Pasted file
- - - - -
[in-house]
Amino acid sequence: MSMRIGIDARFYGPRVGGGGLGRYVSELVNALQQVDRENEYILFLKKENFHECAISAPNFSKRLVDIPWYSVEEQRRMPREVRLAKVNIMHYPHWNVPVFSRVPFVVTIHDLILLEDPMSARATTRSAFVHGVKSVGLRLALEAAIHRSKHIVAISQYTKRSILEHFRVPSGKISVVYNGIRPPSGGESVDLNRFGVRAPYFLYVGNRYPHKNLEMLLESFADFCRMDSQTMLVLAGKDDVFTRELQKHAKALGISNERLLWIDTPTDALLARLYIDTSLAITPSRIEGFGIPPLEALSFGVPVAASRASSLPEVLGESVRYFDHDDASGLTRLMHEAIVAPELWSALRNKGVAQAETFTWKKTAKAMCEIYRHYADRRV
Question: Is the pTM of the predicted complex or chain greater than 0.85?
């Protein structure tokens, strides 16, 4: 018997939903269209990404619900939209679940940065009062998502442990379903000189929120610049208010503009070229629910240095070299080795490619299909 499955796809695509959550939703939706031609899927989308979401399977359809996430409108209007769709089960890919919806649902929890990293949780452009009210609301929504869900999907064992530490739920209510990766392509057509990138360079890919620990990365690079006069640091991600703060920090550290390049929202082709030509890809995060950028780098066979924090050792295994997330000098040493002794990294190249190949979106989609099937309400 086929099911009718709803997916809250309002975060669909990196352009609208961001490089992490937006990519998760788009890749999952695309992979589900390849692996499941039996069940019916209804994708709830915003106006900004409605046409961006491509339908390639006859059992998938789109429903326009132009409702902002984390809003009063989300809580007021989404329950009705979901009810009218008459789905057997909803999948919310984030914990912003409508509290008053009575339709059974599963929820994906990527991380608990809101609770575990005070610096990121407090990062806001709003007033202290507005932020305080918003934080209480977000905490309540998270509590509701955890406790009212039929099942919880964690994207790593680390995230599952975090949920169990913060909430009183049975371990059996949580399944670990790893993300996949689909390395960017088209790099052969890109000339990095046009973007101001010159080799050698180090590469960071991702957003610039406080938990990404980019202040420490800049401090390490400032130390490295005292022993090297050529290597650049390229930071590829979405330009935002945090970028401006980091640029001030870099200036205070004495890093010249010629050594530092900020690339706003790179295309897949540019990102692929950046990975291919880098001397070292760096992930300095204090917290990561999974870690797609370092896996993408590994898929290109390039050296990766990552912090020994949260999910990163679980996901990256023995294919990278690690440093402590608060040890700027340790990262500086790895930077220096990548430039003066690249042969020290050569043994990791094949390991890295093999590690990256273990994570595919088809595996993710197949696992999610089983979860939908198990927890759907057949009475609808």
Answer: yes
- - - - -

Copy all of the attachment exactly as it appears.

[in-house]
Amino acid sequence: MSMRIGIDARFYGPRVGGGGLGRYVSELVNALQQVDRENEYILFLKKENFHECAISAPNFSKRLVDIPWYSVEEQRRMPREVRLAKVNIMHYPHWNVPVFSRVPFVVTIHDLILLEDPMSARATTRSAFVHGVKSVGLRLALEAAIHRSKHIVAISQYTKRSILEHFRVPSGKISVVYNGIRPPSGGESVDLNRFGVRAPYFLYVGNRYPHKNLEMLLESFADFCRMDSQTMLVLAGKDDVFTRELQKHAKALGISNERLLWIDTPTDALLARLYIDTSLAITPSRIEGFGIPPLEALSFGVPVAASRASSLPEVLGESVRYFDHDDASGLTRLMHEAIVAPELWSALRNKGVAQAETFTWKKTAKAMCEIYRHYADRRV
Question: Is the pTM of the predicted complex or chain greater than 0.85?
């Protein structure tokens, strides 16, 4: 018997939903269209990404619900939209679940940065009062998502442990379903000189929120610049208010503009070229629910240095070299080795490619299909 499955796809695509959550939703939706031609899927989308979401399977359809996430409108209007769709089960890919919806649902929890990293949780452009009210609301929504869900999907064992530490739920209510990766392509057509990138360079890919620990990365690079006069640091991600703060920090550290390049929202082709030509890809995060950028780098066979924090050792295994997330000098040493002794990294190249190949979106989609099937309400 086929099911009718709803997916809250309002975060669909990196352009609208961001490089992490937006990519998760788009890749999952695309992979589900390849692996499941039996069940019916209804994708709830915003106006900004409605046409961006491509339908390639006859059992998938789109429903326009132009409702902002984390809003009063989300809580007021989404329950009705979901009810009218008459789905057997909803999948919310984030914990912003409508509290008053009575339709059974599963929820994906990527991380608990809101609770575990005070610096990121407090990062806001709003007033202290507005932020305080918003934080209480977000905490309540998270509590509701955890406790009212039929099942919880964690994207790593680390995230599952975090949920169990913060909430009183049975371990059996949580399944670990790893993300996949689909390395960017088209790099052969890109000339990095046009973007101001010159080799050698180090590469960071991702957003610039406080938990990404980019202040420490800049401090390490400032130390490295005292022993090297050529290597650049390229930071590829979405330009935002945090970028401006980091640029001030870099200036205070004495890093010249010629050594530092900020690339706003790179295309897949540019990102692929950046990975291919880098001397070292760096992930300095204090917290990561999974870690797609370092896996993408590994898929290109390039050296990766990552912090020994949260999910990163679980996901990256023995294919990278690690440093402590608060040890700027340790990262500086790895930077220096990548430039003066690249042969020290050569043994990791094949390991890295093999590690990256273990994570595919088809595996993710197949696992999610089983979860939908198990927890759907057949009475609808």
Answer: yes